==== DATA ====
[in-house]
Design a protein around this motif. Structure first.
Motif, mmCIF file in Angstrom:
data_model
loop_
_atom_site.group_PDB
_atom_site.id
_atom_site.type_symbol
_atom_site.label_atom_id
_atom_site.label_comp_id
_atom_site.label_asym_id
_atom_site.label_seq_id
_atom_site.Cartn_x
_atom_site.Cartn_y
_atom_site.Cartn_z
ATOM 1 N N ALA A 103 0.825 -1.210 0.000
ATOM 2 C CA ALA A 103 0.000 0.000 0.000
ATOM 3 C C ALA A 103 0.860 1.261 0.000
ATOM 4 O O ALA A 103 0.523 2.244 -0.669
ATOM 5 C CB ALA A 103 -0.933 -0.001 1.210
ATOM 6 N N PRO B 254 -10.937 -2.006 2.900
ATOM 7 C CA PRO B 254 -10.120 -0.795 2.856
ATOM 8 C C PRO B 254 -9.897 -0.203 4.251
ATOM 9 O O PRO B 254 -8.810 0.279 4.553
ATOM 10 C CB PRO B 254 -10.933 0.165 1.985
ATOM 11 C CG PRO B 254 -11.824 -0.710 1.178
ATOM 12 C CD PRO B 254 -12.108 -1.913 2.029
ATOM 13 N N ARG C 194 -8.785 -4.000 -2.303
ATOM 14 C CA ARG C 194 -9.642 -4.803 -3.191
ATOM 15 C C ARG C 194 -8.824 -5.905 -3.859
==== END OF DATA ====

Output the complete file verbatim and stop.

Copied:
[in-house]
Design a protein around this motif. Structure first.
Motif, mmCIF file in Angstrom:
data_model
loop_
_atom_site.group_PDB
_atom_site.id
_atom_site.type_symbol
_atom_site.label_atom_id
_atom_site.label_comp_id
_atom_site.label_asym_id
_atom_site.label_seq_id
_atom_site.Cartn_x
_atom_site.Cartn_y
_atom_site.Cartn_z
ATOM 1 N N ALA A 103 0.825 -1.210 0.000
ATOM 2 C CA ALA A 103 0.000 0.000 0.000
ATOM 3 C C ALA A 103 0.860 1.261 0.000
ATOM 4 O O ALA A 103 0.523 2.244 -0.669
ATOM 5 C CB ALA A 103 -0.933 -0.001 1.210
ATOM 6 N N PRO B 254 -10.937 -2.006 2.900
ATOM 7 C CA PRO B 254 -10.120 -0.795 2.856
ATOM 8 C C PRO B 254 -9.897 -0.203 4.251
ATOM 9 O O PRO B 254 -8.810 0.279 4.553
ATOM 10 C CB PRO B 254 -10.933 0.165 1.985
ATOM 11 C CG PRO B 254 -11.824 -0.710 1.178
ATOM 12 C CD PRO B 254 -12.108 -1.913 2.029
ATOM 13 N N ARG C 194 -8.785 -4.000 -2.303
ATOM 14 C CA ARG C 194 -9.642 -4.803 -3.191
ATOM 15 C C ARG C 194 -8.824 -5.905 -3.859